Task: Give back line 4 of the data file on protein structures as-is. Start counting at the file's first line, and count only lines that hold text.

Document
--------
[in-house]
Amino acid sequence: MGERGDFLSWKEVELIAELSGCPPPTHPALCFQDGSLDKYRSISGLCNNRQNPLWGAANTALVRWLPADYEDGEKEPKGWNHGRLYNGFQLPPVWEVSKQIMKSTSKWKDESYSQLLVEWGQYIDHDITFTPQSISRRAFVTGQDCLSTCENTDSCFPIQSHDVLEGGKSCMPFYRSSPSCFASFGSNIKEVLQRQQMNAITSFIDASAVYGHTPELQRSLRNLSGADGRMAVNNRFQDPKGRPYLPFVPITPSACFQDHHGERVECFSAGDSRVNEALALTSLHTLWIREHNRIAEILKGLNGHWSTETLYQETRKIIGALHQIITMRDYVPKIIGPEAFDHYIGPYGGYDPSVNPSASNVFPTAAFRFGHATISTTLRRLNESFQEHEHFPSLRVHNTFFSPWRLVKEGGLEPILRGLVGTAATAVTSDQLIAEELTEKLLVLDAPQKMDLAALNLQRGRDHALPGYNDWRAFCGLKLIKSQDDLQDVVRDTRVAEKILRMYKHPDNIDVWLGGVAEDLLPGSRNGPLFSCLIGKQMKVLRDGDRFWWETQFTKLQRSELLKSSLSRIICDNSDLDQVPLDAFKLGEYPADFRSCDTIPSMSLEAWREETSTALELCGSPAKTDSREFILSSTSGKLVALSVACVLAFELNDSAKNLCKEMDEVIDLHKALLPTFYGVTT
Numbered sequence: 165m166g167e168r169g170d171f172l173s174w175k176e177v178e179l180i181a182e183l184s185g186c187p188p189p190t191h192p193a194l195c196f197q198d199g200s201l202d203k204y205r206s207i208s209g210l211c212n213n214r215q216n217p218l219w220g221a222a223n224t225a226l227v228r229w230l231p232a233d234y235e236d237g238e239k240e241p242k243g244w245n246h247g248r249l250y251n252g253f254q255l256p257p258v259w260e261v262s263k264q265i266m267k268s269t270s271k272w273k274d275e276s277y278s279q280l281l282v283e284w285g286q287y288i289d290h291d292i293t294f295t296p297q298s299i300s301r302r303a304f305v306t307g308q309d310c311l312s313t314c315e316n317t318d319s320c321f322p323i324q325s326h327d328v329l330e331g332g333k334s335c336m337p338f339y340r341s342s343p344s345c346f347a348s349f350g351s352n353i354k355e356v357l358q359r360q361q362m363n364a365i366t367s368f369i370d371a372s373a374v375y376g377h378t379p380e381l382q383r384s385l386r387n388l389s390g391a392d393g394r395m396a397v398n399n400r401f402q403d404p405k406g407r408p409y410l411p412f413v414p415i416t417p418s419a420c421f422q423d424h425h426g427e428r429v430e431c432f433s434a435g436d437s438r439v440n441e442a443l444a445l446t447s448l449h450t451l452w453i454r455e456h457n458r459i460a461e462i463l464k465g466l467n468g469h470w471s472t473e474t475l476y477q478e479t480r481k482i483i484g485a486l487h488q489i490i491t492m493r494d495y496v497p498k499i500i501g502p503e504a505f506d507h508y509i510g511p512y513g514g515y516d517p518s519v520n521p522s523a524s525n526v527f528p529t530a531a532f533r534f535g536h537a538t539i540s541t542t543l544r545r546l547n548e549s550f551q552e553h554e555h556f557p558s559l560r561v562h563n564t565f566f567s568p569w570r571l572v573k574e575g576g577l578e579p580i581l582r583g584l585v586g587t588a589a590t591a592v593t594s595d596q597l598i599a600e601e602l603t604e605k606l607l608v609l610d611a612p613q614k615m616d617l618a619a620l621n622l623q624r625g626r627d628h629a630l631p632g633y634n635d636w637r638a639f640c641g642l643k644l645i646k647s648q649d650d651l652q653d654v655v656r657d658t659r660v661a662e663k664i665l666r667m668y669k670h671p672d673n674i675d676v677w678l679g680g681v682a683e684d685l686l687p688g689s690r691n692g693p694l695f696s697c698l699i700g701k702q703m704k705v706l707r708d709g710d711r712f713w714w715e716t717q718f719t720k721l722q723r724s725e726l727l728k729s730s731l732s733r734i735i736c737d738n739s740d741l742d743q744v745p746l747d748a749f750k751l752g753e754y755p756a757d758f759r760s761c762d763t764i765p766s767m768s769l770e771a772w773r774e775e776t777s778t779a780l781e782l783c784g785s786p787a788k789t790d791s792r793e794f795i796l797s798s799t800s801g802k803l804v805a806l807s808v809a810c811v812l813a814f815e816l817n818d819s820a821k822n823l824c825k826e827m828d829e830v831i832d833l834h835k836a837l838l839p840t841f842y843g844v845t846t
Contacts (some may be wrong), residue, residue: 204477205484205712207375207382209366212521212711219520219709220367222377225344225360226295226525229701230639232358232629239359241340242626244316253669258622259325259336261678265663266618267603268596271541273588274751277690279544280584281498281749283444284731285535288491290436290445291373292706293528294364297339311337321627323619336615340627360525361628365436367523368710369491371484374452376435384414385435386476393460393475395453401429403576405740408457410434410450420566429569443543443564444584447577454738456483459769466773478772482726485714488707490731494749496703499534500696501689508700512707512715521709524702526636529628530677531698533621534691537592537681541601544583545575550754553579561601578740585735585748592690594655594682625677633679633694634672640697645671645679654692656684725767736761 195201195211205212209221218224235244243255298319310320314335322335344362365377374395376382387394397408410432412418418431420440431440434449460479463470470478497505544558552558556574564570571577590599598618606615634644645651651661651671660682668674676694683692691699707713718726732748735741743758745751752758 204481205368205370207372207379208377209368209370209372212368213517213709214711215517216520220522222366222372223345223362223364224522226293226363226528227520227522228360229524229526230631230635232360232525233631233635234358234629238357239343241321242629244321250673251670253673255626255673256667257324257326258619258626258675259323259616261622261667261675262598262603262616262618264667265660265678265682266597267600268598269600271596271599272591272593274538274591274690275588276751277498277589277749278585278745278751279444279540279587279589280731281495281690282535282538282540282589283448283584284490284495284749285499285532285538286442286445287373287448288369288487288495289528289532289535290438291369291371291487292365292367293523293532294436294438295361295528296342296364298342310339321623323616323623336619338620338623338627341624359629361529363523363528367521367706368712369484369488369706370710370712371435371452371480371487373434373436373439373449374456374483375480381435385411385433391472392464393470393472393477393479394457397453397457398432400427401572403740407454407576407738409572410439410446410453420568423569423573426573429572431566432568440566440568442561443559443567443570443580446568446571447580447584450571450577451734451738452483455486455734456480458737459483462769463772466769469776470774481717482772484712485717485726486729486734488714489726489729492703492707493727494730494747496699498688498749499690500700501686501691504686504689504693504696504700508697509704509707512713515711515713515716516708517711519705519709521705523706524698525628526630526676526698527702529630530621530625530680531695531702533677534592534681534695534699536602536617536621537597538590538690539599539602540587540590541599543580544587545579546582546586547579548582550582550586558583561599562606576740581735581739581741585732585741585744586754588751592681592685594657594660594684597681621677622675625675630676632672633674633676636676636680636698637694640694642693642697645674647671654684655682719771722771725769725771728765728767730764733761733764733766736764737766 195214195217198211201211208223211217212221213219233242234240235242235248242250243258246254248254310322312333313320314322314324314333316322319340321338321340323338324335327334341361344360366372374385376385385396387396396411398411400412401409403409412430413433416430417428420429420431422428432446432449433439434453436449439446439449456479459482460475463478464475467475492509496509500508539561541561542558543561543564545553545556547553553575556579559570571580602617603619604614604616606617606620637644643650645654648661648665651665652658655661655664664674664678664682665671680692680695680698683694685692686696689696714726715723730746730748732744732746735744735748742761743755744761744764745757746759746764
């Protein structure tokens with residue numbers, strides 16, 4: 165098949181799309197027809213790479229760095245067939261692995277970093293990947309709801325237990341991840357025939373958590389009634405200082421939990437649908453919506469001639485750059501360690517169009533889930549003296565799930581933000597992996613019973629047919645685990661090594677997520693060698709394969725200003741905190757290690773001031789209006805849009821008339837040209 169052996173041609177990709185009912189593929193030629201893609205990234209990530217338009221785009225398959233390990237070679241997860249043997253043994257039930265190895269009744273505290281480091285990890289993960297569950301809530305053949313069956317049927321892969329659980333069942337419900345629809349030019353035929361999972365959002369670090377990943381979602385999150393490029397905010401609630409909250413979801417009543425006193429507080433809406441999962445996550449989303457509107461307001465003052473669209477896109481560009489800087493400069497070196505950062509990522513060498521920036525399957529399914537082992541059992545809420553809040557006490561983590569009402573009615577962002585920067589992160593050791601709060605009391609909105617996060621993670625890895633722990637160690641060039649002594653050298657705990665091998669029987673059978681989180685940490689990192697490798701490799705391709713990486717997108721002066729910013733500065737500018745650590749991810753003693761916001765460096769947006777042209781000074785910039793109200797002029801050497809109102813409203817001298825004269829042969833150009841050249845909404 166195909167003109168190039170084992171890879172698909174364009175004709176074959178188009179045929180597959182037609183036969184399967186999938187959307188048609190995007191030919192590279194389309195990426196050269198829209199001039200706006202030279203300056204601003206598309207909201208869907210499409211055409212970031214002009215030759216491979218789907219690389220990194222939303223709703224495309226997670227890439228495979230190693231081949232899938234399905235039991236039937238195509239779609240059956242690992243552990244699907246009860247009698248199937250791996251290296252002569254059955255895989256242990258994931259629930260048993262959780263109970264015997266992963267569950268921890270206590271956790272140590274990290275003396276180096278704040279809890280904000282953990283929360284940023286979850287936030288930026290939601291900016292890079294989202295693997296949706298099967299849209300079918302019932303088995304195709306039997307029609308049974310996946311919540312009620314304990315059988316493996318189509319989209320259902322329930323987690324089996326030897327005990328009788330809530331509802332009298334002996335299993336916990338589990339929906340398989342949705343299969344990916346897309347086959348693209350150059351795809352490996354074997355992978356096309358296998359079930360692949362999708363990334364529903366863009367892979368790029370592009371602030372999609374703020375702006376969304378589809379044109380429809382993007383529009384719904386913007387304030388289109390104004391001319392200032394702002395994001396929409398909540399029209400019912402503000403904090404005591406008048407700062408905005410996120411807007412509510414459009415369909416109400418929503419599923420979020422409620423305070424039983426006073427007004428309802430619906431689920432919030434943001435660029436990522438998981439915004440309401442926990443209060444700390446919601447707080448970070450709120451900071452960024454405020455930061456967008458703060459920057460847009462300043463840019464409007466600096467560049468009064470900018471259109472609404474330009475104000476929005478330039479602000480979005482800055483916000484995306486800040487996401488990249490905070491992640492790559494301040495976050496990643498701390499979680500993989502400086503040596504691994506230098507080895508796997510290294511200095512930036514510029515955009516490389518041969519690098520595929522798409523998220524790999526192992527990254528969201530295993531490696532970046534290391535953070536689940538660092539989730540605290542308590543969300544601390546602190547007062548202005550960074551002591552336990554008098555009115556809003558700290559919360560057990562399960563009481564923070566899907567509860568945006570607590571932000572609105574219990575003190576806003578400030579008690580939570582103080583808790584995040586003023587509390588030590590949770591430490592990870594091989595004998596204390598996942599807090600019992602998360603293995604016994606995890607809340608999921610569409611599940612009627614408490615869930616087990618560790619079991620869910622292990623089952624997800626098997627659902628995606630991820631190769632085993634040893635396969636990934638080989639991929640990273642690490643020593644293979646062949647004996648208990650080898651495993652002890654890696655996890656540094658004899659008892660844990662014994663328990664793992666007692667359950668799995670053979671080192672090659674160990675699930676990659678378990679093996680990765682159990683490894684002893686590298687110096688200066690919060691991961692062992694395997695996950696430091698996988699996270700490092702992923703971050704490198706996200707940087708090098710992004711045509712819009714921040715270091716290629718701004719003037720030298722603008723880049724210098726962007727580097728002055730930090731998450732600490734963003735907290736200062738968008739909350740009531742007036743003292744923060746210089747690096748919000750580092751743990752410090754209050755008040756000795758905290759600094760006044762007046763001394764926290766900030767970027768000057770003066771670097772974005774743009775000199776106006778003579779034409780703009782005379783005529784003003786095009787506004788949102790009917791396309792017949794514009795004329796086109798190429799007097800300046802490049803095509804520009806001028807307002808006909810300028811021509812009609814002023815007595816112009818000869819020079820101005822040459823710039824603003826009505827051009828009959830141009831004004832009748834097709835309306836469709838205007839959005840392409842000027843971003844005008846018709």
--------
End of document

Contacts (some may be wrong), residue, residue: 204477205484205712207375207382209366212521212711219520219709220367222377225344225360226295226525229701230639232358232629239359241340242626244316253669258622259325259336261678265663266618267603268596271541273588274751277690279544280584281498281749283444284731285535288491290436290445291373292706293528294364297339311337321627323619336615340627360525361628365436367523368710369491371484374452376435384414385435386476393460393475395453401429403576405740408457410434410450420566429569443543443564444584447577454738456483459769466773478772482726485714488707490731494749496703499534500696501689508700512707512715521709524702526636529628530677531698533621534691537592537681541601544583545575550754553579561601578740585735585748592690594655594682625677633679633694634672640697645671645679654692656684725767736761 195201195211205212209221218224235244243255298319310320314335322335344362365377374395376382387394397408410432412418418431420440431440434449460479463470470478497505544558552558556574564570571577590599598618606615634644645651651661651671660682668674676694683692691699707713718726732748735741743758745751752758 204481205368205370207372207379208377209368209370209372212368213517213709214711215517216520220522222366222372223345223362223364224522226293226363226528227520227522228360229524229526230631230635232360232525233631233635234358234629238357239343241321242629244321250673251670253673255626255673256667257324257326258619258626258675259323259616261622261667261675262598262603262616262618264667265660265678265682266597267600268598269600271596271599272591272593274538274591274690275588276751277498277589277749278585278745278751279444279540279587279589280731281495281690282535282538282540282589283448283584284490284495284749285499285532285538286442286445287373287448288369288487288495289528289532289535290438291369291371291487292365292367293523293532294436294438295361295528296342296364298342310339321623323616323623336619338620338623338627341624359629361529363523363528367521367706368712369484369488369706370710370712371435371452371480371487373434373436373439373449374456374483375480381435385411385433391472392464393470393472393477393479394457397453397457398432400427401572403740407454407576407738409572410439410446410453420568423569423573426573429572431566432568440566440568442561443559443567443570443580446568446571447580447584450571450577451734451738452483455486455734456480458737459483462769463772466769469776470774481717482772484712485717485726486729486734488714489726489729492703492707493727494730494747496699498688498749499690500700501686501691504686504689504693504696504700508697509704509707512713515711515713515716516708517711519705519709521705523706524698525628526630526676526698527702529630530621530625530680531695531702533677534592534681534695534699536602536617536621537597538590538690539599539602540587540590541599543580544587545579546582546586547579548582550582550586558583561599562606576740581735581739581741585732585741585744586754588751592681592685594657594660594684597681621677622675625675630676632672633674633676636676636680636698637694640694642693642697645674647671654684655682719771722771725769725771728765728767730764733761733764733766736764737766 195214195217198211201211208223211217212221213219233242234240235242235248242250243258246254248254310322312333313320314322314324314333316322319340321338321340323338324335327334341361344360366372374385376385385396387396396411398411400412401409403409412430413433416430417428420429420431422428432446432449433439434453436449439446439449456479459482460475463478464475467475492509496509500508539561541561542558543561543564545553545556547553553575556579559570571580602617603619604614604616606617606620637644643650645654648661648665651665652658655661655664664674664678664682665671680692680695680698683694685692686696689696714726715723730746730748732744732746735744735748742761743755744761744764745757746759746764